In 2:1-4 then, the writer moves from a statement of doctrine, to show its significance for the readers. The function of his warning is to apply the teaching of chapter 1 concerning God’s decisive speech in the Son, who is greater than the angels, in order to warn them that they neglect it at their peril.
As with the previous passage, this section is preceded by teaching concerning Christ’s superiority (3:1-6), this time to Moses. Psalm 95 is thereafter introduced as the second of the writer’s major texts. He uses this text to deliver two warnings to his congregation focused on Psalm 95:7b-8 (in 3:12-19) and Psalm 95:11 (in 4:1-11). The writer includes positive exhortation here too, as well as straightforward teaching (especially in 4:6-10) rather than neatly separating out the warnings. Since, however, the two warnings are delivered from a single Old Testament text, they are treated here together as one “warning passage.”
The mention of Moses in 3:2-6 brings the writer to a consideration of the exodus generation, imagery used in other New Testament warning passages. The quotation from Psalm 95 is introduced as a word of the Holy Spirit addressed directly to the ‘Hebrews’ (legei to pneuma to hagion), its relevance being highlighted by the first word semeron. God speaks to the readers now through an ancient Psalm, as indeed he did in 1:5-2:14. The writer applies it to his readers from 3:12, taking up the motif of the hardened heart. They are warned not to follow the exodus generation by having an “evil, unbelieving heart.”
The warning is addressed not (as in 2:1-4) in the first person plural but in the second person to “any of you” (tini humon) a general phrase designed to engage every listener’s attention. Culpable disbelief in the face of God’s many signs is also mentioned in Numbers 14:11, from which same chapter the writer probably takes his reference to apostasy (apostenai).
The ultimate end of faithlessness and the greatest danger facing the recipients of the letter was apostasy from the living God. Hebrews 3:13 urges them to exhort one another daily, a positive encouragement but with a negative motivation - so that no-one from among their number (tis ex humon) might be hardened. This hardening is portrayed as the work of the “deceitfulness of sin,” a standard but non-specific reference.
The addressees have come to share in Christ only if they hold fast until the end. The “end” (telos) in mind is either death or the consummation, but the insistence on perseverance is clear. This intimation of danger is intended to spur them on to faithful endurance, maintaining their resolve and determination in the face of sin’s deceitfulness. Going back to the Psalm, the writer now applies it with three exegetical questions to which he supplies the answers (3:15-18). Each question highlights the faithlessness of those who hardened their hearts and failed to enter the Promised Land. Although they had been liberated and begun their pilgrimage (16) they sinned, incurring God’s wrath which ended their journey (17) because they had disobeyed (18). The writer therefore concludes in 3:19 as he began in 3:12, by emphasising the danger of faithlessness which leads to apostasy.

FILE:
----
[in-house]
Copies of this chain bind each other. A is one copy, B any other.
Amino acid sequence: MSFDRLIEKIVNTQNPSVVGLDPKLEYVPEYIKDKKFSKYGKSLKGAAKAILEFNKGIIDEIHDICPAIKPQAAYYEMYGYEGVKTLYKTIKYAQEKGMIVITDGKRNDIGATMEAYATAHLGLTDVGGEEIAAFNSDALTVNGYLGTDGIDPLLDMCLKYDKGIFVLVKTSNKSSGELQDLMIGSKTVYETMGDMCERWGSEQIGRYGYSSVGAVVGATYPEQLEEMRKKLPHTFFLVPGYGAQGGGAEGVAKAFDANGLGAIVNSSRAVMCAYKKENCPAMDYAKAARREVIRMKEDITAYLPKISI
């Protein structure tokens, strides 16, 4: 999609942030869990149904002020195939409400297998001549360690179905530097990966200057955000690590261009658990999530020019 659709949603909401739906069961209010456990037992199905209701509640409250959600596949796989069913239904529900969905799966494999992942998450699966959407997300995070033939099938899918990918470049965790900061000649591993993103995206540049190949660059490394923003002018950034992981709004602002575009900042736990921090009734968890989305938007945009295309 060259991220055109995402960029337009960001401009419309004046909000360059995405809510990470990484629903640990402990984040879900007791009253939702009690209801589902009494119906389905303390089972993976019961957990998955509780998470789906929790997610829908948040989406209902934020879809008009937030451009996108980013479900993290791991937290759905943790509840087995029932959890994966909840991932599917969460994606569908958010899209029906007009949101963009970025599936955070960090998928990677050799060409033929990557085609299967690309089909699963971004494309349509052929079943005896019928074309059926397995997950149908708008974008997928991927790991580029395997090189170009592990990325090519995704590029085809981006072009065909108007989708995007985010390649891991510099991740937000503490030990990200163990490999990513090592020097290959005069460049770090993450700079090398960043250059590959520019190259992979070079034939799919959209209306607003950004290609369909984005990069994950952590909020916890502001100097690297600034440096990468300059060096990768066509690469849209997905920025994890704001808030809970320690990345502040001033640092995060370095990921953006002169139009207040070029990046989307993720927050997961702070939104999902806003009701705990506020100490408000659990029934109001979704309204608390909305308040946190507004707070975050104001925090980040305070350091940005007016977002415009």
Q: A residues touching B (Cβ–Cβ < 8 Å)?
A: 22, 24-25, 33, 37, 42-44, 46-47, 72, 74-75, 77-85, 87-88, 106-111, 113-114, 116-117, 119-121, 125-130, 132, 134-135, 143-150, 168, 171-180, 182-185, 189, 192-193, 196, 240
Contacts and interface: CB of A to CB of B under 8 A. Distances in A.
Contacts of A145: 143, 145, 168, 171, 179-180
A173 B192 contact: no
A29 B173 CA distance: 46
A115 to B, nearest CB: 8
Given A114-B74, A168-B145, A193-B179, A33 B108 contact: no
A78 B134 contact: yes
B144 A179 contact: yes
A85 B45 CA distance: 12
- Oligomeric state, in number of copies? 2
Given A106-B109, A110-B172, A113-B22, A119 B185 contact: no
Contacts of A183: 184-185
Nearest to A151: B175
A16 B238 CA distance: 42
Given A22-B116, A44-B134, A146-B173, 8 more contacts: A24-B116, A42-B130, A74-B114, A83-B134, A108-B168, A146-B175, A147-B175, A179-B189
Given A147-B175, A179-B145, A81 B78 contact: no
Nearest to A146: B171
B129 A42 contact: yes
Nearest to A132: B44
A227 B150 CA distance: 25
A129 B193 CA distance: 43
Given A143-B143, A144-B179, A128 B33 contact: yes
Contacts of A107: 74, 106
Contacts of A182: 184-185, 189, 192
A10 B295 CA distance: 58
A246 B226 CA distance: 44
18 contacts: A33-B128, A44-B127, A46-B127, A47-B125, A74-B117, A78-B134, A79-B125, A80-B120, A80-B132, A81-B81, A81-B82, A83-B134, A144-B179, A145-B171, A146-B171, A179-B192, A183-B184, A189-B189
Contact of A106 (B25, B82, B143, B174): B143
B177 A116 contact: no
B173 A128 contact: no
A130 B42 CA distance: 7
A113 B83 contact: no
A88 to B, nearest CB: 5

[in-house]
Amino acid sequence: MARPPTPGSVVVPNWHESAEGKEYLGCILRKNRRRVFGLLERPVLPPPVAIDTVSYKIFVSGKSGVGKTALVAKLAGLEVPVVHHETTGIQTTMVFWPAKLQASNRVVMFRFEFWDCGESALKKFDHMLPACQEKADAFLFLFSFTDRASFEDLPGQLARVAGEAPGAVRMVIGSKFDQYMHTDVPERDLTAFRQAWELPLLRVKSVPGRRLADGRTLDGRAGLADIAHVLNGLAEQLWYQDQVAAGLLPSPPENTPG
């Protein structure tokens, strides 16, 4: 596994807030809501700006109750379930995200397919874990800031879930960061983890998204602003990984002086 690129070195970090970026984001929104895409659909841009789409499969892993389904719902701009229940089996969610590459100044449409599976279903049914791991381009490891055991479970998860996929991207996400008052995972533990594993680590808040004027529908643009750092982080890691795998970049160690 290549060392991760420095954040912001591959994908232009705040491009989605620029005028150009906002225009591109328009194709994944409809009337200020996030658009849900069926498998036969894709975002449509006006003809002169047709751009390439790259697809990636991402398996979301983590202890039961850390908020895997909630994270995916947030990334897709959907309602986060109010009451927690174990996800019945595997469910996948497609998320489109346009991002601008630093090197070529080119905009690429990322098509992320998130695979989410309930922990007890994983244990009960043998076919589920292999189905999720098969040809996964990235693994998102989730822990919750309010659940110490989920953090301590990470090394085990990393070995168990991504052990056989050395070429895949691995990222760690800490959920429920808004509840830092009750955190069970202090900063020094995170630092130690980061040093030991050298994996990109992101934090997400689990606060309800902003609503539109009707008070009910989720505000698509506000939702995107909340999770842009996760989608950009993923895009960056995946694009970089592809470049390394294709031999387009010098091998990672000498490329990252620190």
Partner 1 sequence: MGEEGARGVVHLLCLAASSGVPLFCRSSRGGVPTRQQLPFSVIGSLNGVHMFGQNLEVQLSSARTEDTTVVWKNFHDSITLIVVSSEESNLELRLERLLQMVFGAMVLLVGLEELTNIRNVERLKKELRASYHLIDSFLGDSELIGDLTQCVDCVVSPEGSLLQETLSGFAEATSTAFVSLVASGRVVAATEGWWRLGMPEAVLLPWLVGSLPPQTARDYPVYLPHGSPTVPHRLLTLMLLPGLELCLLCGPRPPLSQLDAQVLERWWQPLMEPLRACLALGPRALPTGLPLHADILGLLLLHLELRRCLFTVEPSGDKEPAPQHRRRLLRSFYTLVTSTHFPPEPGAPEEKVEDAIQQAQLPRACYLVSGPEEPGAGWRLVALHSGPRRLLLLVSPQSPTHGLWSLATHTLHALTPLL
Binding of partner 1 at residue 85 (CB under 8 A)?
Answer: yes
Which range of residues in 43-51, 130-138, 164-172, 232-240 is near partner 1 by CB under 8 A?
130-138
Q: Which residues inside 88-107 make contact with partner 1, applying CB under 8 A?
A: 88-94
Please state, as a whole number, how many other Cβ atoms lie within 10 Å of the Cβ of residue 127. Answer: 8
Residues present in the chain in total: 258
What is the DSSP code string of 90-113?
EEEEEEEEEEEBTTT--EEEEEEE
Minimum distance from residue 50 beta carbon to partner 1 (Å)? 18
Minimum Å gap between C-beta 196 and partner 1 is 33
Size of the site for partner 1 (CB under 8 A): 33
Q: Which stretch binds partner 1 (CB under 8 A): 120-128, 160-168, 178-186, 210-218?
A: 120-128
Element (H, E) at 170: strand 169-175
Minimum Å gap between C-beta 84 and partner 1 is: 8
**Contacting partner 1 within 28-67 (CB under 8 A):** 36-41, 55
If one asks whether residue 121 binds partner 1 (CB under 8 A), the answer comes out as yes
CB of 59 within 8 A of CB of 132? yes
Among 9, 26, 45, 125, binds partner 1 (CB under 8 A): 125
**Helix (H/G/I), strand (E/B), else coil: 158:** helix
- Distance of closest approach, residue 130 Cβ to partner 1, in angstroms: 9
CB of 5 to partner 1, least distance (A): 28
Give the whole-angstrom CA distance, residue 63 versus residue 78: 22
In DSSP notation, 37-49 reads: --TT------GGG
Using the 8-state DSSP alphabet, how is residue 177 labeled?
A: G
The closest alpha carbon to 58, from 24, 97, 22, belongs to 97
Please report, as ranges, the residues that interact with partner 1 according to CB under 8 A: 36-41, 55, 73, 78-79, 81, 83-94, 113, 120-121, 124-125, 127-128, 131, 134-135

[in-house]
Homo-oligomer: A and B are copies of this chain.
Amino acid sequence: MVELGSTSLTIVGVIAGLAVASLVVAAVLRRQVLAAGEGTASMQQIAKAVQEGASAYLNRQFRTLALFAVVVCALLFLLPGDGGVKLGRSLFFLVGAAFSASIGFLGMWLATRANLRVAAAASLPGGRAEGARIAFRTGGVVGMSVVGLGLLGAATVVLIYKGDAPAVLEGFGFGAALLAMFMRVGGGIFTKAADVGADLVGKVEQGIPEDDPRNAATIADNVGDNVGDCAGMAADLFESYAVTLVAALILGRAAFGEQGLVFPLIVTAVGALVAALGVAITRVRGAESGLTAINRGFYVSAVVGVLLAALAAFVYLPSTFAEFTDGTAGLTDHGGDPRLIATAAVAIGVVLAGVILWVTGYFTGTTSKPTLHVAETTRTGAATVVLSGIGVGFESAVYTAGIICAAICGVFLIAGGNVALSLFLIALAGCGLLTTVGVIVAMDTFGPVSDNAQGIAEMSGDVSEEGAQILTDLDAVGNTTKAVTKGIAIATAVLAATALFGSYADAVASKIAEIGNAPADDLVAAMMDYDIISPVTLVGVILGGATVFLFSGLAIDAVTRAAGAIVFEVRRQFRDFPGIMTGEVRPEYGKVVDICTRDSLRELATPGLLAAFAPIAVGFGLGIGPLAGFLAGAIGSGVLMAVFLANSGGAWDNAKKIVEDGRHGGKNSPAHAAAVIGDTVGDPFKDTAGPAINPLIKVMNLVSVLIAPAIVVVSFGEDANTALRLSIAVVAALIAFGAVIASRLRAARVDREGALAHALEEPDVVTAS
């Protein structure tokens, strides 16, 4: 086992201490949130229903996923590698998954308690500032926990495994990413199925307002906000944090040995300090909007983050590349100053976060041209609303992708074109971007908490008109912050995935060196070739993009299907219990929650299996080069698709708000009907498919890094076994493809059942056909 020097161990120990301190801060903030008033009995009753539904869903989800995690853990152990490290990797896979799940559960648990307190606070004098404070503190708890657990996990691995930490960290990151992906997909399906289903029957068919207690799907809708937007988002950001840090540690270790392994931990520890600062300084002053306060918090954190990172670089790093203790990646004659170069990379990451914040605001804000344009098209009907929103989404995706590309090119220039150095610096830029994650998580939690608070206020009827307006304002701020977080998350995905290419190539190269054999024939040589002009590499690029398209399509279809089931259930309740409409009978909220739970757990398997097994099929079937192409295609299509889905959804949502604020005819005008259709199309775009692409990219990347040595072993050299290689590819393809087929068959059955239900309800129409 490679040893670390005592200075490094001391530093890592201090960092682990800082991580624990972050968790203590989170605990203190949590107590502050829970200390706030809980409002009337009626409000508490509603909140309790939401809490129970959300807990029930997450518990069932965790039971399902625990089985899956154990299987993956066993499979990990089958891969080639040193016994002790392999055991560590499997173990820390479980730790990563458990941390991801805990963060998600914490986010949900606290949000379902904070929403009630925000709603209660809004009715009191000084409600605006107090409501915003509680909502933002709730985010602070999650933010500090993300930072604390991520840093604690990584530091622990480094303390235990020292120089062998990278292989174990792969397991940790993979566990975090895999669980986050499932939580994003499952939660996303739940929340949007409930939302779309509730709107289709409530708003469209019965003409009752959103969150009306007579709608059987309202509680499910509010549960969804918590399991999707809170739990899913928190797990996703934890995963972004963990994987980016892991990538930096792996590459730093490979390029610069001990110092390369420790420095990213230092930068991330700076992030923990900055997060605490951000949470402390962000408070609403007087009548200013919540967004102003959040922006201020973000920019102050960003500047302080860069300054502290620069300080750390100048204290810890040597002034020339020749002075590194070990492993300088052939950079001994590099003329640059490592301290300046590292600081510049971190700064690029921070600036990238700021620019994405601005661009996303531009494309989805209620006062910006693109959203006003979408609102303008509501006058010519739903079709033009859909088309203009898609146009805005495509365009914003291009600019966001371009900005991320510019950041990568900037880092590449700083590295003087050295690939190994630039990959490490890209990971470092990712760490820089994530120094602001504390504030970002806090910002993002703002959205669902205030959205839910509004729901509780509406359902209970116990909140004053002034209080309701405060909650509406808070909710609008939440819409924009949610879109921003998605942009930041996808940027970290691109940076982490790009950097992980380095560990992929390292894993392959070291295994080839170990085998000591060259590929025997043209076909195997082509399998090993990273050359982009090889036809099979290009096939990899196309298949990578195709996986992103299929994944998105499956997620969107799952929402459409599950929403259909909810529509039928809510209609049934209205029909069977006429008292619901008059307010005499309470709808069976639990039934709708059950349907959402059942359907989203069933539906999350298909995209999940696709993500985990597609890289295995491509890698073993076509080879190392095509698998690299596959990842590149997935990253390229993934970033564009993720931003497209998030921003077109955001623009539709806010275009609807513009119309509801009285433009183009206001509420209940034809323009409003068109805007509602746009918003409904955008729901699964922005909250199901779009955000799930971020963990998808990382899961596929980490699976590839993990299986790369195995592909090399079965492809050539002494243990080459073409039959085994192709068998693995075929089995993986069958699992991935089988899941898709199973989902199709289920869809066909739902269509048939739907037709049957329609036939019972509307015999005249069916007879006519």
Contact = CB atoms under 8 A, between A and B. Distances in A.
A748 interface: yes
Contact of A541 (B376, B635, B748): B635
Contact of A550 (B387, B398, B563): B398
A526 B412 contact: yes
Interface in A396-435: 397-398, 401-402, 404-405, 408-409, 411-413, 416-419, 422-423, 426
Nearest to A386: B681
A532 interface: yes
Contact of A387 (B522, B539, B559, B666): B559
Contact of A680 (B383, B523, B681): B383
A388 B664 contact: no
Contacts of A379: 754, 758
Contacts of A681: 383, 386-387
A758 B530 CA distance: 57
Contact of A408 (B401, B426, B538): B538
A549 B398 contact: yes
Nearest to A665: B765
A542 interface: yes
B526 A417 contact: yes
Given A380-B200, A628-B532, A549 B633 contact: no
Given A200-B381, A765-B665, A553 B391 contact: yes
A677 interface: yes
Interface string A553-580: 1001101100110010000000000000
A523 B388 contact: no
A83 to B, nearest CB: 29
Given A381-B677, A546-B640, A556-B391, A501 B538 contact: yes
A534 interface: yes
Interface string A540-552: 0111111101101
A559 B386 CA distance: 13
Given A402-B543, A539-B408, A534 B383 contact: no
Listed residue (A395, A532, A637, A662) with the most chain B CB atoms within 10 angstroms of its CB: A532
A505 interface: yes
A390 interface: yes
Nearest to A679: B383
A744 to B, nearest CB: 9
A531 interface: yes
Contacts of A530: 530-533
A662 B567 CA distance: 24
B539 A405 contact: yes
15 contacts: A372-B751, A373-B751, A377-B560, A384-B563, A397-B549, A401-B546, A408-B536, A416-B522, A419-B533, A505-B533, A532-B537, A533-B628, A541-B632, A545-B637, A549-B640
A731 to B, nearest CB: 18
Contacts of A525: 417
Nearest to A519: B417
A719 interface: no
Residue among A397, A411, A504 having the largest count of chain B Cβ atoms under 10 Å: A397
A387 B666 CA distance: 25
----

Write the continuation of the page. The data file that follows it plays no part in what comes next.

This point would not be obscured even if tínes ("some") in 3:16 were read as tinés ("who?": note the different accentuation). However, despite the fact that this may make more sense of the alla oun, the account of the rebellions in Numbers 14 often emphasises the fact that “all” Israel were involved, which the variant accentuation would then contradict. The thought that a few did not rebel, if it were in the author’s mind, would probably have surfaced again immediately.
The second warning based from Psalm 95 is bounded by an inclusio of dangers accompanied by positive exhortations: it begins in 4:1 with the hint that some may fall short (husterekenai) of entering God’s rest accompanied by the exhortation phobethomen oun; it ends in 4:11 with the possibility of falling (pesein) accompanied by the exhortation spoudasomen oun. The writer emphasises that although they started well (as the Israelites did in 3:16) and have heard the gospel, that gospel must meet with faith to be effective. Only those who believe enter God’s rest (4:3). Although hoi pisteusantes is in the aorist tense it is clear from the context (especially 3:14) that faith must be a continuing reality for the promise to be fulfilled (the aorist probably functioning in parallel to those in 3:17-18). Disobedience implies failure to enter that rest (4:6) because disobedience shows lack of faith.
A sabbath rest, however, remains to be entered by faith (4:9) with the proviso that no-one falls through disobedience (4:11). That the promise remains despite the apostasy of the previous generation is even explicit in Numbers 14. The second phase of this exposition from Psalm 95 therefore applies the first more specifically to the theme of rest. The theme of God’s speech, so prominent throughout the first four chapters of the book, is brought to a climax in 4:12-13, as the writer waxes lyrical upon the penetrating power of God’s word.
Hebrews 3:7 - 4:11 applies Psalm 95 to the readers lest they too should prove unfaithful and fall short of the promised goal.